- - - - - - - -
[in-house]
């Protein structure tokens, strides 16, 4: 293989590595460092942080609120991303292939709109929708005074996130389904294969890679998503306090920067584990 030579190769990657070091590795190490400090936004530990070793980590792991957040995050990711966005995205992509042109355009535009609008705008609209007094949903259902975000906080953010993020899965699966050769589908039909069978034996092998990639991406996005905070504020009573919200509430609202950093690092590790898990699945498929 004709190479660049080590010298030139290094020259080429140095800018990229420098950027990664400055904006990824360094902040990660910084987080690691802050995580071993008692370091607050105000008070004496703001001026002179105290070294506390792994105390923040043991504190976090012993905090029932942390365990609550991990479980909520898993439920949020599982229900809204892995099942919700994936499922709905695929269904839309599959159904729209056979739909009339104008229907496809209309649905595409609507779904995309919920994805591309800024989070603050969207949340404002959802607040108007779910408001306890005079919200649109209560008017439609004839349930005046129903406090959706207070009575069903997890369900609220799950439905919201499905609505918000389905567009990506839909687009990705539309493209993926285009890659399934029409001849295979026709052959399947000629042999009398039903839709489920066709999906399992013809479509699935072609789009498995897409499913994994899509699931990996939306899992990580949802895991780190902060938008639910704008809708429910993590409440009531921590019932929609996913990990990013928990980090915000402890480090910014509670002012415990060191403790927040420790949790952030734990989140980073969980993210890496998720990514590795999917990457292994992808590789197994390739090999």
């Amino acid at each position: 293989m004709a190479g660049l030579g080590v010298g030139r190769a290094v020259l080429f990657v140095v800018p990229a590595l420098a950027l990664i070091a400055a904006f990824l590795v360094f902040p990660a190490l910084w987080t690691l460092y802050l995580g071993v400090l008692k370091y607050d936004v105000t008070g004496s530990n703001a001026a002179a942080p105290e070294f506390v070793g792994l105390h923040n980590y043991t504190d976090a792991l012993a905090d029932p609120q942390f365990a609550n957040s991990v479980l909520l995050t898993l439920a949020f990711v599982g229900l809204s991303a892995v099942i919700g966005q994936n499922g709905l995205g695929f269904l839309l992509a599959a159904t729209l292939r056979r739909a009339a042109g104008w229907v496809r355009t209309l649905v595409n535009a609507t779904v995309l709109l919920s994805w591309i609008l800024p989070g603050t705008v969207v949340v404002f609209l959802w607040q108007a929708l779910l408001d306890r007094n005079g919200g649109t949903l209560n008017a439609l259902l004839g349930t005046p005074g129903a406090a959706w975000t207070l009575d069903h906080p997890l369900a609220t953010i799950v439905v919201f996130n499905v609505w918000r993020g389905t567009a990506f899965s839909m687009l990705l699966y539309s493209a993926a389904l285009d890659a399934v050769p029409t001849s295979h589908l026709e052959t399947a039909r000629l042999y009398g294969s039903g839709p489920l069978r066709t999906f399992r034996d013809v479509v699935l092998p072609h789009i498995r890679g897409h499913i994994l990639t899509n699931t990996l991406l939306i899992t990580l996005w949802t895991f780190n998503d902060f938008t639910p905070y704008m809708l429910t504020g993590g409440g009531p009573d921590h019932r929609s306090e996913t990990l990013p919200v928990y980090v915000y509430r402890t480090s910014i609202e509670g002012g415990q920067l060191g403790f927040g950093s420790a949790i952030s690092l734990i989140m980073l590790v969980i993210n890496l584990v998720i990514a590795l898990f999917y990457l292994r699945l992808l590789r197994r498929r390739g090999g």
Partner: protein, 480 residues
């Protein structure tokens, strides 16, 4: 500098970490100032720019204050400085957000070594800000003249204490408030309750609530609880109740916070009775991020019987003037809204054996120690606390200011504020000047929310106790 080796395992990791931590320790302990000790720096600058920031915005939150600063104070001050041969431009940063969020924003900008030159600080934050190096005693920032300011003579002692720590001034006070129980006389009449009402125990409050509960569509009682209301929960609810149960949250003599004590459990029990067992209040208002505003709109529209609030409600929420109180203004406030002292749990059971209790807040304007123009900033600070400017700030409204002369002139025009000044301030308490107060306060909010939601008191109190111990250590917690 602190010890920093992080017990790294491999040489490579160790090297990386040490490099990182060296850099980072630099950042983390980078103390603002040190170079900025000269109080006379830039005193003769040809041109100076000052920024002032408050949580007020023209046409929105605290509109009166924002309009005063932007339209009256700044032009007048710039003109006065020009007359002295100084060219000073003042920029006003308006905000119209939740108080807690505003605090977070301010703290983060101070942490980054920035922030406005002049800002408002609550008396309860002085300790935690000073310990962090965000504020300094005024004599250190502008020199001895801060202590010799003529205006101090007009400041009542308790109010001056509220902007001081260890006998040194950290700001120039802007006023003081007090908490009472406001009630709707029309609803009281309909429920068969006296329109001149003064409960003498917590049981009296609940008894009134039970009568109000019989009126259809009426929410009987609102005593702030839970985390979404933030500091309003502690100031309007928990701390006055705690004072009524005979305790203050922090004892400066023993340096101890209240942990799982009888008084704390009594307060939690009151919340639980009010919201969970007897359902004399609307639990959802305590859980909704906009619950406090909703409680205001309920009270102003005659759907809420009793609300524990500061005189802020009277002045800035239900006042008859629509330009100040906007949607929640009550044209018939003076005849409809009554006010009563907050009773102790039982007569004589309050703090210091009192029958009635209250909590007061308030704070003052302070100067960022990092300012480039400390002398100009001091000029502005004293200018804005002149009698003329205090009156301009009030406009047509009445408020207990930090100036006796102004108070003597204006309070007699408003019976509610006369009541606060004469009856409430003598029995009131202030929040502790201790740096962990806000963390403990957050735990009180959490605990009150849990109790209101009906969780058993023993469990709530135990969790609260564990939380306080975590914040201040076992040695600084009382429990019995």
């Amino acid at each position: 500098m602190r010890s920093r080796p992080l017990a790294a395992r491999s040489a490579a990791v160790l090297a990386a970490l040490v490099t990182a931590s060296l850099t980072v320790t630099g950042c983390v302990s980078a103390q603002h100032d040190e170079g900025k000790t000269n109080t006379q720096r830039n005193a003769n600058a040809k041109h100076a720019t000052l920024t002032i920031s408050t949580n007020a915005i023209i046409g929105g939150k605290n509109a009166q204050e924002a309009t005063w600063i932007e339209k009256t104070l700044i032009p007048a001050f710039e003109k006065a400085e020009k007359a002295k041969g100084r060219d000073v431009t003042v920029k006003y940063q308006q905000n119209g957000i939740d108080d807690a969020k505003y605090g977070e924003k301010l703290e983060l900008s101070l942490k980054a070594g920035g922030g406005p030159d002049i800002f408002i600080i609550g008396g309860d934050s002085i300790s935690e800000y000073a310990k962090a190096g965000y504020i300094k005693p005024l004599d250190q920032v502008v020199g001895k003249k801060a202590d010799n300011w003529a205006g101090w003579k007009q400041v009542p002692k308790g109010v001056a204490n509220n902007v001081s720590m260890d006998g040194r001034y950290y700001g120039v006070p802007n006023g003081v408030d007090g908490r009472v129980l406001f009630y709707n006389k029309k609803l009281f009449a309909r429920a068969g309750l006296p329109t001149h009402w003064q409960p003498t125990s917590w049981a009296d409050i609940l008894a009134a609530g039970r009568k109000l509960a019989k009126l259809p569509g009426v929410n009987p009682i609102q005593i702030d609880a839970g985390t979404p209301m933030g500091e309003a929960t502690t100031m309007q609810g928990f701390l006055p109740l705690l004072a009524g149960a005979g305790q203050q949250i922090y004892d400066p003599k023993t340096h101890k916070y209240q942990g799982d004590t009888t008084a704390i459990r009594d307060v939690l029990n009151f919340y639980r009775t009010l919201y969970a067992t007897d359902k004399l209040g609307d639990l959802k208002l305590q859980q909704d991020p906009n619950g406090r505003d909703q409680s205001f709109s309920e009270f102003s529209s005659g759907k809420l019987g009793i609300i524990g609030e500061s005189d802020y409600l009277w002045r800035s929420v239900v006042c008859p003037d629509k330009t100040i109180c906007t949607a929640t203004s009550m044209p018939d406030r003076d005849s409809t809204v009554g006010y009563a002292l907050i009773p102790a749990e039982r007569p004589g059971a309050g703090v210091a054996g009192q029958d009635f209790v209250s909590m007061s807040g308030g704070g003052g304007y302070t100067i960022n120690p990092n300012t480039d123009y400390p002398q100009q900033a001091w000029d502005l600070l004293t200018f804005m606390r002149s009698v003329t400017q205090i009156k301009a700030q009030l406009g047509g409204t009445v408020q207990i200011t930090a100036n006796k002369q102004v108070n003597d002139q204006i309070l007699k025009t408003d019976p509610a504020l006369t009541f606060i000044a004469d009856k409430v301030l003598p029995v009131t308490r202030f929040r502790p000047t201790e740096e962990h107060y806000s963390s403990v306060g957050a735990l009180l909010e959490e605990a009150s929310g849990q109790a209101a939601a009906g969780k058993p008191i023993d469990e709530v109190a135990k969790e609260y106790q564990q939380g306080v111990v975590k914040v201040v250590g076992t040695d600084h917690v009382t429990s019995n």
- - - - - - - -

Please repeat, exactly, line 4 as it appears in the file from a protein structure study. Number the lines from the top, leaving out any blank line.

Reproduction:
Partner: protein, 480 residues